Through the “zero point”, we are able to give physical units to the pixel values of an image (often in units of “counts” or ADUs) and thus compare them with other images (as well as measurements that are done on them). The zero point is therefore an important calibration of pixel values (as astromerty is a calibration of the pixel positions). The fundamental concepts behind the zero point are described in Brightness, Flux, Magnitude and Surface brightness. We will therefore not go deeper into the basics here and stick to the practical aspects of it.
The purpose of Gnuastro’s
astscript-zeropoint script is to obtain the zero point of an image by considering another image (where the zero point is already known), or a catalog.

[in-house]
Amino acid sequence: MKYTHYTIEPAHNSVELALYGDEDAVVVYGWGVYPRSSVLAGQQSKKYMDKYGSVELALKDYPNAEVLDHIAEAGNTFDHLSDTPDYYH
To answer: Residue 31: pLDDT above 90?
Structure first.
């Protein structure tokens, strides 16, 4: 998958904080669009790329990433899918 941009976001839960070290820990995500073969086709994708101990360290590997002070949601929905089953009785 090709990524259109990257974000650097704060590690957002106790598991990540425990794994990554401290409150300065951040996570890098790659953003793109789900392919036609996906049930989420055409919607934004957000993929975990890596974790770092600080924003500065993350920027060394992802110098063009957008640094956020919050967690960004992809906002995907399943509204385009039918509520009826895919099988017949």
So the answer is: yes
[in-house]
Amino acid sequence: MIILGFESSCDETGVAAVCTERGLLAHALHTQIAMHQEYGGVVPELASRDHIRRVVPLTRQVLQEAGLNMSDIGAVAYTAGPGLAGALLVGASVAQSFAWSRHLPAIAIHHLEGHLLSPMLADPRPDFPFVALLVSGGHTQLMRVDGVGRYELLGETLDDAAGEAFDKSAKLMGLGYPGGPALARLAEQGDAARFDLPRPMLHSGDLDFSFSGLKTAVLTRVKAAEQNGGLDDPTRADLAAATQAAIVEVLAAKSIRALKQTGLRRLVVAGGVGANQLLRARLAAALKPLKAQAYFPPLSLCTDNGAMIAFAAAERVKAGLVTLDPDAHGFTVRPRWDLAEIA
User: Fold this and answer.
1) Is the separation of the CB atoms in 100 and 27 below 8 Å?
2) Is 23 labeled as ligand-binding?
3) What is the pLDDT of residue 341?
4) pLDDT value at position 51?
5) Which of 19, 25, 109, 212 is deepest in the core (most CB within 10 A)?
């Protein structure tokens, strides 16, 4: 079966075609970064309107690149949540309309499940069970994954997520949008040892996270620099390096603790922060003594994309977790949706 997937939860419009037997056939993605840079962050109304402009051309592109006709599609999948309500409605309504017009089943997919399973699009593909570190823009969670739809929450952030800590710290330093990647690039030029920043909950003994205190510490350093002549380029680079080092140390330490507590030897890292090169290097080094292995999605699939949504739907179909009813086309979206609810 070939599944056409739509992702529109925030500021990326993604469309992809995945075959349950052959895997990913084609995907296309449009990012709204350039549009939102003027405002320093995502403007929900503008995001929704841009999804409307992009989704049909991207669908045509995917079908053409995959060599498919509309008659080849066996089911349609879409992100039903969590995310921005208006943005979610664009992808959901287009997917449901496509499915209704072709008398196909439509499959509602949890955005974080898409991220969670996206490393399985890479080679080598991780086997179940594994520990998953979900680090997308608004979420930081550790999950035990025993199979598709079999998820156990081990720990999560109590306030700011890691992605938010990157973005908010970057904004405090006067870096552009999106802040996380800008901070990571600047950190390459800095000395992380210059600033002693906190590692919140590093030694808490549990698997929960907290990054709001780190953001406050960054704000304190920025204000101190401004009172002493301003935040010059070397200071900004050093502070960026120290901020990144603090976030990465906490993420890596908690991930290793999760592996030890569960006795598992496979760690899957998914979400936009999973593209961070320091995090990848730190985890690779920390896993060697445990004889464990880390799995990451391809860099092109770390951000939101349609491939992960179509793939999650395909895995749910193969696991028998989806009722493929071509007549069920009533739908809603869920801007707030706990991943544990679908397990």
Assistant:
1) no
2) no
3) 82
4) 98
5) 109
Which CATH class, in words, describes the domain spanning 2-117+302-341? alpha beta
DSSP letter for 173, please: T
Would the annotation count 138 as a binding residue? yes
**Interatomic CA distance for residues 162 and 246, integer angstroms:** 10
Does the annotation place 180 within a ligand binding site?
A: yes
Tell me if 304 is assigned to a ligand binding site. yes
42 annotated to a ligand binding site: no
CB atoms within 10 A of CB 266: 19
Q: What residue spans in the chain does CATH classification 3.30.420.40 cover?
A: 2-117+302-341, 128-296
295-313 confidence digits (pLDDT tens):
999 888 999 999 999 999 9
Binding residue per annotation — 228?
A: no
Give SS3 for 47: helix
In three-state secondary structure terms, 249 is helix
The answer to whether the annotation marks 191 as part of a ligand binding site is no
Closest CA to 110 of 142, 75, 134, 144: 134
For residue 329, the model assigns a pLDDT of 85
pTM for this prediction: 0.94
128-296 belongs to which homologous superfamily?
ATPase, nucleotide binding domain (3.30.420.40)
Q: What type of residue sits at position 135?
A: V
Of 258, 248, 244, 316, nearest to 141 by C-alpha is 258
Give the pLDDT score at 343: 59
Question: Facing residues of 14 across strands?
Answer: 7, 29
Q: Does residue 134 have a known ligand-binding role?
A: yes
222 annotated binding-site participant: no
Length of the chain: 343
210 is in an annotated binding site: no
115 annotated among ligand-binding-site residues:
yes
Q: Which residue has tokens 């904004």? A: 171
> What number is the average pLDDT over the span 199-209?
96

The operation involves multiple lower-level programs in a standard series of steps.
For example, when using another image, the script will take the following steps:
In the sections below we have prepared two tutorials on the use of this script. The first uses an image as a reference (Zero point tutorial with reference image) and the second uses a catalog (Zero point tutorial with reference catalog). Afterwards, in Invoking astscript-zeropoint, the details of all the options and how to run this script are provided.
Stars have an almost identical shape in the image (as opposed to galaxies for example), using confirmed stars will produce a more reliable result.
For a complete tutorial on aperture photometry, see Aperture photometry.
For a tutorial on matching catalogs, see Matching catalogs).